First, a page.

Ibra prepared for Ireland aggression
Sweden forward Zlatan Ibrahimovic says he does not fear the physical treatment he could face from Republic of Ireland on Friday night.
Ibrahimovic was speaking after Robbie Keane joked that Ireland would have to "kick" the striker when the teams meet for a 2014 World Cup qualifier in Stockholm.
"I'm prepared for everything," Ibrahimovic said. "Opponents have to do everything to stop the other team. That's what we have to do also. Let's see what the game will be. Hopefully it will be a nice game and nobody gets injured."
The Paris Saint-Germain star also completely dismissed the notion that there was any difference between his performances for club and country.
"No difference at all," he said. "Same Zlatan."
Sweden manager Erik Hamren, meanwhile, has said it is best to give Ibrahimovic a free role.
"For me, there's a little too much discussion on that, if he's No. 9 or No. 10," Hamren said. "He's one of two forwards. If you want, you can say we're playing 4-4-2.
"He's free. He's allowed to go down and pick up the balls and find the space behind the No. 9, and sometimes he's the front guy. He's got that role. In my opinion, that's the way to use him best. He takes the run too, as he showed in the scoring against England [in November's 4-2 friendly victory], but he can't take them all the time. His body is not built for that so we need players to do that too. So you'll see him in different styles."
Hamren also said it is better for everyone if the Friends Arena roof stays closed for Friday's game - even opposition manager Giovanni Trapattoni.
Amid talk of "gamesmanship", the Ireland boss demanded on Wednesday that the stadium be open, despite temperatures set to dip to -10.
"It is too loud," Trapattoni complained. "I was in Germany with this situation before, and it was bad for us because of the crowd. It would not be cold. The pitch is what's important. It's for the spectators that it will be cold."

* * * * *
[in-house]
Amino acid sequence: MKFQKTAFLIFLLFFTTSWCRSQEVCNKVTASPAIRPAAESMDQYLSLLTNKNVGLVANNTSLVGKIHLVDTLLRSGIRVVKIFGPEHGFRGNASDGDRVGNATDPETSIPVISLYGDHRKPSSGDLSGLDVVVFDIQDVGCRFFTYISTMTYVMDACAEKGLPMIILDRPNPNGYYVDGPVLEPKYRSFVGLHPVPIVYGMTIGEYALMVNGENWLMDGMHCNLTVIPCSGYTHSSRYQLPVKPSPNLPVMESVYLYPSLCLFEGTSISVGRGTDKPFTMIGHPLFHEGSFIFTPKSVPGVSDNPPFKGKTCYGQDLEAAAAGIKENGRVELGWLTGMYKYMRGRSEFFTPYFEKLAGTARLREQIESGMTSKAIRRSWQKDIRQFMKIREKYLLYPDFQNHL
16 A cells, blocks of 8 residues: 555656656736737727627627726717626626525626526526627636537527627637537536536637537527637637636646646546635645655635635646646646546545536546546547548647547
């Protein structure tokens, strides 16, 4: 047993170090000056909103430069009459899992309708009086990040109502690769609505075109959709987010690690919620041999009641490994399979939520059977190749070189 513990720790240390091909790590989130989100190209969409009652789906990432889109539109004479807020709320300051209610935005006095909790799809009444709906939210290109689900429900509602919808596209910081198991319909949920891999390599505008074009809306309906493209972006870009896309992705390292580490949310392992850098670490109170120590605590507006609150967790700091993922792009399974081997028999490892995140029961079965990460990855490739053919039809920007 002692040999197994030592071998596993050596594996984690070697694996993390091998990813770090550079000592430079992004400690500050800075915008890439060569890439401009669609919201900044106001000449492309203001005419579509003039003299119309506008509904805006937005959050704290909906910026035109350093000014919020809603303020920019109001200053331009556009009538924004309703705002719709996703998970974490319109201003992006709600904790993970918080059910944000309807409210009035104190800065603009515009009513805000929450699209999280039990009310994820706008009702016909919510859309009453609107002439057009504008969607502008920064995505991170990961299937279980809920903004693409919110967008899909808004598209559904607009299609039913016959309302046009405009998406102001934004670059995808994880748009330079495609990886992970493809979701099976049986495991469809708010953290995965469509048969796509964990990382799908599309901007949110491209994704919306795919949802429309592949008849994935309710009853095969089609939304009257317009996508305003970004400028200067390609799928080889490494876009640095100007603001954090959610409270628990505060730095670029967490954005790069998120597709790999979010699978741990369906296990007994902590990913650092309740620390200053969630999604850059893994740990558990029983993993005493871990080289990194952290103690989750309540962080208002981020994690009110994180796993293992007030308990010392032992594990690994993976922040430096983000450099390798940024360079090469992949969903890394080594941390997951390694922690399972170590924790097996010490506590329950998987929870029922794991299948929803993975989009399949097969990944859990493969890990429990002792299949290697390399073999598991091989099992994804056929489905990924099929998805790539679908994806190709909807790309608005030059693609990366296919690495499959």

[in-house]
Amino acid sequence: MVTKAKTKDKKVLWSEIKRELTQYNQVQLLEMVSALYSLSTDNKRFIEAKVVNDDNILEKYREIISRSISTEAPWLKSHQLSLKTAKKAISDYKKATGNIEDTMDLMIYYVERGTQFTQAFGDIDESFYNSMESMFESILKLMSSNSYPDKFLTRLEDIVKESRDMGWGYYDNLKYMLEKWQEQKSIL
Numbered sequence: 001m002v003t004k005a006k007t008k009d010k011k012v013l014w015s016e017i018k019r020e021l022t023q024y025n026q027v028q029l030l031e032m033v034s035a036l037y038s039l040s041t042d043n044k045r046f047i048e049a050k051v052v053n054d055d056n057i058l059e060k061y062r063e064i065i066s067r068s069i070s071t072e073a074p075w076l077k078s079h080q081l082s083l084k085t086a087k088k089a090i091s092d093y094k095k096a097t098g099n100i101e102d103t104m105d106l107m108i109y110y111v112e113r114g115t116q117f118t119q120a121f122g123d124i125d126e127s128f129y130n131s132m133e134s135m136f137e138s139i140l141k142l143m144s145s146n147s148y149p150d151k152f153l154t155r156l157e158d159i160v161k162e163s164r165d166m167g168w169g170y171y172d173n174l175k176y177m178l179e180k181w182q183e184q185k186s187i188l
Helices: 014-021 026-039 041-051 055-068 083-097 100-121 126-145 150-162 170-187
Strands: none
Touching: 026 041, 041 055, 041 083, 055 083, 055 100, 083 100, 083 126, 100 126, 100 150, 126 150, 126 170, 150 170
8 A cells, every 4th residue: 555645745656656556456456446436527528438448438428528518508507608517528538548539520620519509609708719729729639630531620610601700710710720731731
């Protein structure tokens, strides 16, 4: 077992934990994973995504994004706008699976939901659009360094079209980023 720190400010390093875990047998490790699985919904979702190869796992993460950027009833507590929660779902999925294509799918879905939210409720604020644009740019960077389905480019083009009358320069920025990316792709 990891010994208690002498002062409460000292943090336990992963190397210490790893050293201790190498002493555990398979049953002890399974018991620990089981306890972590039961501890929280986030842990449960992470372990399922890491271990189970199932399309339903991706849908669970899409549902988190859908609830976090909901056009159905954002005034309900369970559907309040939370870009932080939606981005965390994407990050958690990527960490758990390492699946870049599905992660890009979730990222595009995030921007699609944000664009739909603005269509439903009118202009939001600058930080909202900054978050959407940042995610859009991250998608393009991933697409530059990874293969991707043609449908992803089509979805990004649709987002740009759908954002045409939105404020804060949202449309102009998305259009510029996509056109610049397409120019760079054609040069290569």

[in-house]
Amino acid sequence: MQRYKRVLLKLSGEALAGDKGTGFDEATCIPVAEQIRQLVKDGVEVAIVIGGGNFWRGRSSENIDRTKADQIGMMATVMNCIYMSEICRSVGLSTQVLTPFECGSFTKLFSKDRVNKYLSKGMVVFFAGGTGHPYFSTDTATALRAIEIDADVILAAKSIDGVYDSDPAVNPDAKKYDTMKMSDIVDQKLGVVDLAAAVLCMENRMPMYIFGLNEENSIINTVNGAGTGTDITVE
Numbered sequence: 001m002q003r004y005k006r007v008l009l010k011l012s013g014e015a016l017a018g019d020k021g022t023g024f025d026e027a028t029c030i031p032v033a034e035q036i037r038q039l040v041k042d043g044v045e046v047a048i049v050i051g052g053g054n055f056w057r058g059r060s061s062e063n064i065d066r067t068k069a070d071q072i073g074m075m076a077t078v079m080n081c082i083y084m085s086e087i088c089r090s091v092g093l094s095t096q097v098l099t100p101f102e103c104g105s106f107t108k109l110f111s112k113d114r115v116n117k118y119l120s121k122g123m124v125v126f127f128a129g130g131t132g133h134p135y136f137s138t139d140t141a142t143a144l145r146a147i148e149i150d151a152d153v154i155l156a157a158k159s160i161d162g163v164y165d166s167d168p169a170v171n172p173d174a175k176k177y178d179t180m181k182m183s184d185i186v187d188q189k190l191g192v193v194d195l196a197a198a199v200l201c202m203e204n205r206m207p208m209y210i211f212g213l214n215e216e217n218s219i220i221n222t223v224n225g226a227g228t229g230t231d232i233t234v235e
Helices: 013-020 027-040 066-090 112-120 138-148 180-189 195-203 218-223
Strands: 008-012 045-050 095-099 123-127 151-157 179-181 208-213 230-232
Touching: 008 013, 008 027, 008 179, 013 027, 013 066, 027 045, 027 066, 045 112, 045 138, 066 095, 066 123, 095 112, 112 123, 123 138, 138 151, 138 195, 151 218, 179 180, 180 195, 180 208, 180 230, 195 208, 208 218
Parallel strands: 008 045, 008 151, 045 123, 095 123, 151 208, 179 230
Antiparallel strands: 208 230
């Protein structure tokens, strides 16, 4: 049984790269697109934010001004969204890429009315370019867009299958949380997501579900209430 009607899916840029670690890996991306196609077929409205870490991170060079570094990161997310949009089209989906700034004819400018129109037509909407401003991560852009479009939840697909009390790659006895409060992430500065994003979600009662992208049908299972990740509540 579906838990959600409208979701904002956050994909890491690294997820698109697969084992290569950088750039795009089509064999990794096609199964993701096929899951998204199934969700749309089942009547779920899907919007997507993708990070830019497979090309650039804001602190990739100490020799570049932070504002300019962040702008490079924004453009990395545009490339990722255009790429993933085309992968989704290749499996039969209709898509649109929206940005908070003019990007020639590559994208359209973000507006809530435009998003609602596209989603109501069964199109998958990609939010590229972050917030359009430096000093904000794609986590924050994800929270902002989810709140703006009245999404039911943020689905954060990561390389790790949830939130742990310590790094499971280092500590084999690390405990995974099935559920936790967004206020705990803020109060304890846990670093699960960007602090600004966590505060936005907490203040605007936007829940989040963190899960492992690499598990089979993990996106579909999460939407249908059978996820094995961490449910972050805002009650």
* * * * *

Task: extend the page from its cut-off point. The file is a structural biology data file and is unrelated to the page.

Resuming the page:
Hamren, however, took on a more populist stance.
"I don't think it makes a difference for the players. But, for the audience, for supporters, for me and Trapattoni, it's better to have it locked. Then we don't have to have long-stockings on. In my opinion, let it it be closed. It's going to be cold tomorrow night. Those paying a lot of money to see the game, let them enjoy it. If they don't have it, they have to prepare [for the cold]. If they have [the roof], why not use it?"
Hamren, meanwhile, also expected a tight game that may go a long way to deciding second place in Group C behind Germany.
"[Ireland] are a really good team. We are full of respect for them. The team played in Euro  last summer and is worth all respect. If you see away statistics from Ireland, you can see it is a really tough team to beat. I expect a tough game tomorrow and they always play, in my opinion, with heart in the green shirt.
"We are ready, the players are ready and it's going to be a tough game. It will be really tough to beat them. That's our goal, to be that good. Then we'll see what happens. There's only one point between us so, yeah, it will be a really important game."